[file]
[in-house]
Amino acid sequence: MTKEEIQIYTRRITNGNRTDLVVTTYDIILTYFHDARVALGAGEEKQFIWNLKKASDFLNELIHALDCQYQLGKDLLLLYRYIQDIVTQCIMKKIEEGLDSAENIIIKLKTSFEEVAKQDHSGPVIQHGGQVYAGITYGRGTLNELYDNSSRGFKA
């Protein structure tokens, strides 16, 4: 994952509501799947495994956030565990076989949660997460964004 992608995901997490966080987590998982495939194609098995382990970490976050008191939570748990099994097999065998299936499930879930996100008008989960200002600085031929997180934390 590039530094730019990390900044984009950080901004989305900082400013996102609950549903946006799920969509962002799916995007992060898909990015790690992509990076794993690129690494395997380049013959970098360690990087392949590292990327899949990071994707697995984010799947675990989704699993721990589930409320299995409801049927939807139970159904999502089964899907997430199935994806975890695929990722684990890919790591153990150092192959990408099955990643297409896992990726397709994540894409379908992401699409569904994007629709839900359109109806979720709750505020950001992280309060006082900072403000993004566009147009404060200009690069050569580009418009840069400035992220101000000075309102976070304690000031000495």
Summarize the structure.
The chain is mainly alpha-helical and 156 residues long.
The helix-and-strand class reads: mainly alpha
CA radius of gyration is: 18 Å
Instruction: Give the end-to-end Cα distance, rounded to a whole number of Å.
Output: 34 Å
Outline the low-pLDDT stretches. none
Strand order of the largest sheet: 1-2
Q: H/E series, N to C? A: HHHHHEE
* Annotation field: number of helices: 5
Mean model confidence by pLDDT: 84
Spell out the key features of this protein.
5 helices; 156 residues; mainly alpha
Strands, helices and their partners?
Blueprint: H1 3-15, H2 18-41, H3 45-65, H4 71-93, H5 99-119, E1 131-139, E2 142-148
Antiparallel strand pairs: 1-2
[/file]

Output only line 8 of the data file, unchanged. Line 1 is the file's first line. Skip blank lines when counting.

Instruction: Give the end-to-end Cα distance, rounded to a whole number of Å.